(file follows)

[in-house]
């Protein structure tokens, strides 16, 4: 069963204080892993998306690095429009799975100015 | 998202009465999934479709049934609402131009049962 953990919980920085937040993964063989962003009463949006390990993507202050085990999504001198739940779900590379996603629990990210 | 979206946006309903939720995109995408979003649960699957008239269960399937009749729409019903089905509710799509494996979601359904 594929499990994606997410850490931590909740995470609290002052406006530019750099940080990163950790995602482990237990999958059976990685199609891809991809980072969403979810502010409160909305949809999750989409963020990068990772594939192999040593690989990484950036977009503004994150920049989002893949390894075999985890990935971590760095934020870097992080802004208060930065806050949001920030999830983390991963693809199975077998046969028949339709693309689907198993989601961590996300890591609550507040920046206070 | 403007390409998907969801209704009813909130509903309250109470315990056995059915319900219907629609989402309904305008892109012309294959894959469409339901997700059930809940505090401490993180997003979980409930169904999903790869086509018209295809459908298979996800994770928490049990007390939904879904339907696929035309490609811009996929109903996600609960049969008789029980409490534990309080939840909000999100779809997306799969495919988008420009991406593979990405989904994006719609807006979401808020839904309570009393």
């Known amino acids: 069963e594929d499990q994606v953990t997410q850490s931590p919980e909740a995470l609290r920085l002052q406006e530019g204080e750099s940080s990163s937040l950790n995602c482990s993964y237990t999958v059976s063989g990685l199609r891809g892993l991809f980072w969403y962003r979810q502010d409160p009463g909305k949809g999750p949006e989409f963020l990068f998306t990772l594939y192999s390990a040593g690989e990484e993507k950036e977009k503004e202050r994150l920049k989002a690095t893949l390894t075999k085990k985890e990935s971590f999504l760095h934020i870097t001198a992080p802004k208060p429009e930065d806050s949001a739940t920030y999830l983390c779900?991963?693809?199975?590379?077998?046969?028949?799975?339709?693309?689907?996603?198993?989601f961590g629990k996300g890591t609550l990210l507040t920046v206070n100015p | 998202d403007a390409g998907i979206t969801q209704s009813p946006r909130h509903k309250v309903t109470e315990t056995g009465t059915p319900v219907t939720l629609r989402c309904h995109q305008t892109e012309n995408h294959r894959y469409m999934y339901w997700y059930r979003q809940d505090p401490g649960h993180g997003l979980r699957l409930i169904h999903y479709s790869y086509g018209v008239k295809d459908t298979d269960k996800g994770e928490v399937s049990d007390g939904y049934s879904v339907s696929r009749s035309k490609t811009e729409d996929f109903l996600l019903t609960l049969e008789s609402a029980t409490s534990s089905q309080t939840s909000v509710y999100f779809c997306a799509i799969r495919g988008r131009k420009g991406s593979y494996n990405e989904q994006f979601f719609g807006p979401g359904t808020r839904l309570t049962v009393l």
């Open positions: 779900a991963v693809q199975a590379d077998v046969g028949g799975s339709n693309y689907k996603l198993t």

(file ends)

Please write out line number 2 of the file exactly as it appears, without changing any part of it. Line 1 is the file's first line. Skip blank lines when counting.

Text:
């Protein structure tokens, strides 16, 4: 069963204080892993998306690095429009799975100015 | 998202009465999934479709049934609402131009049962 953990919980920085937040993964063989962003009463949006390990993507202050085990999504001198739940779900590379996603629990990210 | 979206946006309903939720995109995408979003649960699957008239269960399937009749729409019903089905509710799509494996979601359904 594929499990994606997410850490931590909740995470609290002052406006530019750099940080990163950790995602482990237990999958059976990685199609891809991809980072969403979810502010409160909305949809999750989409963020990068990772594939192999040593690989990484950036977009503004994150920049989002893949390894075999985890990935971590760095934020870097992080802004208060930065806050949001920030999830983390991963693809199975077998046969028949339709693309689907198993989601961590996300890591609550507040920046206070 | 403007390409998907969801209704009813909130509903309250109470315990056995059915319900219907629609989402309904305008892109012309294959894959469409339901997700059930809940505090401490993180997003979980409930169904999903790869086509018209295809459908298979996800994770928490049990007390939904879904339907696929035309490609811009996929109903996600609960049969008789029980409490534990309080939840909000999100779809997306799969495919988008420009991406593979990405989904994006719609807006979401808020839904309570009393």